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Monday, December 19, 2011

Stand-up Comedian Tackled Ownership Issue

Upon the completion of his show at the Beacon Theatre, Louis C.K. managed to sell his “Louis C.K. Live at the Beacon Theater” for $5 a copy, thus making a profit of $200.000. That’s how he addressed an old issue of ownership. Earlier, when you purchased a product, it became really yours – you were free to share it, borrow or do whatever else you wanted. However, with today’s restrictions and DRM, such liberty has gone forever.

Louis claimed that his experiment appeared successful: within 12 hours after the show went on sale, he had more that 50,000 purchases, thus earning $250,000, which would break even on the cost of production and site. Soon he has sold more than 110,000 copies for a total of $500,000, which after deducting PayPal charges etc. left him about $200,000 of net income. Although that’s less than he would have been paid by any company to let it sell the show, they would have charged the consumers around $20 for the copy. Worse still, they would have sold an encrypted and regionally restricted copy and owned consumers’ private details for their own use. In other words, this way, consumers only pay $5 and are able to use the video any way they want.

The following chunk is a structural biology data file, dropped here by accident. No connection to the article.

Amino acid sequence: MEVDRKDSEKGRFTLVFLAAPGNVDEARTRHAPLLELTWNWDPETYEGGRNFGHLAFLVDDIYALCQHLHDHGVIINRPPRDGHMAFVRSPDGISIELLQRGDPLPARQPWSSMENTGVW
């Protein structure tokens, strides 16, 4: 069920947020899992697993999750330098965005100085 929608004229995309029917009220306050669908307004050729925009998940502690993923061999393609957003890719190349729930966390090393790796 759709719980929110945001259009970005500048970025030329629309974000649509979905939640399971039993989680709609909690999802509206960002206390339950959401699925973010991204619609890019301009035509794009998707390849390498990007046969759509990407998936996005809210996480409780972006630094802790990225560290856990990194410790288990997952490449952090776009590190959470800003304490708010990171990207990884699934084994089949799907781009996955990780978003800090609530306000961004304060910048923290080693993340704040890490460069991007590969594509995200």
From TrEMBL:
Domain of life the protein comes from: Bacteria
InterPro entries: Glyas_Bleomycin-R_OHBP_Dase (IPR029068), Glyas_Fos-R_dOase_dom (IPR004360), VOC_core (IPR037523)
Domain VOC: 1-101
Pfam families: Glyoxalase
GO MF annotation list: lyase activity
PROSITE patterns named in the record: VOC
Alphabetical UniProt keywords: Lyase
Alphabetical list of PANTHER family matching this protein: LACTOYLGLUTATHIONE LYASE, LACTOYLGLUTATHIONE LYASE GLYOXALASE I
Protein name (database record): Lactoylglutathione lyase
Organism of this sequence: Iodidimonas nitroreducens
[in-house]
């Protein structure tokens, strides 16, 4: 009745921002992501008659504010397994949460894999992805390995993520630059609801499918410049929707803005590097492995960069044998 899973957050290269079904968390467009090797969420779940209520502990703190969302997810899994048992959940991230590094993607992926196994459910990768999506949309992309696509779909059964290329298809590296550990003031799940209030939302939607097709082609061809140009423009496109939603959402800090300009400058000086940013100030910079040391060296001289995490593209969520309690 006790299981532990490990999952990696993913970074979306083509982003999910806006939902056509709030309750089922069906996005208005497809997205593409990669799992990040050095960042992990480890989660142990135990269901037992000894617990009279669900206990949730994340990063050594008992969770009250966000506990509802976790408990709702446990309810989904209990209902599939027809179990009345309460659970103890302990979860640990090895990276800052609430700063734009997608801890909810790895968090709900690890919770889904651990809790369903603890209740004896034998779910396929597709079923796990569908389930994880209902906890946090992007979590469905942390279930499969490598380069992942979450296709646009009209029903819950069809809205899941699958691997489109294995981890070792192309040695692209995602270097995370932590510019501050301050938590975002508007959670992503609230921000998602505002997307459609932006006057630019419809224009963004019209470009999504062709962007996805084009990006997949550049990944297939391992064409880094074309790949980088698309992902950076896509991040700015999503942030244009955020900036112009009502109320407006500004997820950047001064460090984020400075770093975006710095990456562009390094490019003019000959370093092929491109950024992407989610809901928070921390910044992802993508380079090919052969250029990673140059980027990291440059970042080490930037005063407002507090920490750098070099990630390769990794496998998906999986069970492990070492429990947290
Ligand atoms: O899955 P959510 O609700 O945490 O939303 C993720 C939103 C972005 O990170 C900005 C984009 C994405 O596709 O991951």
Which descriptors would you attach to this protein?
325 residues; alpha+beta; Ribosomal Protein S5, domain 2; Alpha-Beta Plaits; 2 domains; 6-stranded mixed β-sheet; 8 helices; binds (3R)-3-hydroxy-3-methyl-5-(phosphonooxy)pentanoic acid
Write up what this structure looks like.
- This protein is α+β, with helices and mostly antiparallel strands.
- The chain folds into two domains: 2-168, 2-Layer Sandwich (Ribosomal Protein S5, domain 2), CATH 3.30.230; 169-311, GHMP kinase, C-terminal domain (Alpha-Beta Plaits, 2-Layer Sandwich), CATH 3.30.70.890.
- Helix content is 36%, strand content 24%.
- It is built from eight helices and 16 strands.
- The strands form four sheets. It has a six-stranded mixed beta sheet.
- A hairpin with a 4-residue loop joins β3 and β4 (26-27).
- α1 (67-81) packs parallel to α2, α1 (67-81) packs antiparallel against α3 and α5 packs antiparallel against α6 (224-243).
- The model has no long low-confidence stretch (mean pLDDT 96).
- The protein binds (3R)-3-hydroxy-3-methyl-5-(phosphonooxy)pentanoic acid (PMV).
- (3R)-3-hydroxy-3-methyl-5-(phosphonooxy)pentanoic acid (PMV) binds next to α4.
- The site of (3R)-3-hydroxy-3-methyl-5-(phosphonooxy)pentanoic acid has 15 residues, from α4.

The reason Louis decided to sell his show without his production company is because it keeps most of the profit. Moreover, it is reluctant to share it with giants like Apple or Google. As for his DRM-free product, he addressed pirates, saying that doesn’t really get the idea of “torrent” thing, but he did whatever he could to make it easier for others to watch and enjoy the show without any corporate restrictions. He asked pirates to consider that he wasn’t a corporation, but an individual who had to pay for the production with his own money, so it would be a right thing to refuse sharing this video but pay 5 little dollars to watch it.

The community’s feedback to his message was surprising – the consumers decided that his example could encourage other content creators to do the same and end up with more frequent releases at cheaper prices, which would worth this $5.

Louis has also conducted an interview to promote his idea, where he said that with the money obtained from this sell he is going to make a movie. However, in this case a comedian has an established large fan base, while the newcomer will need some help with promotion

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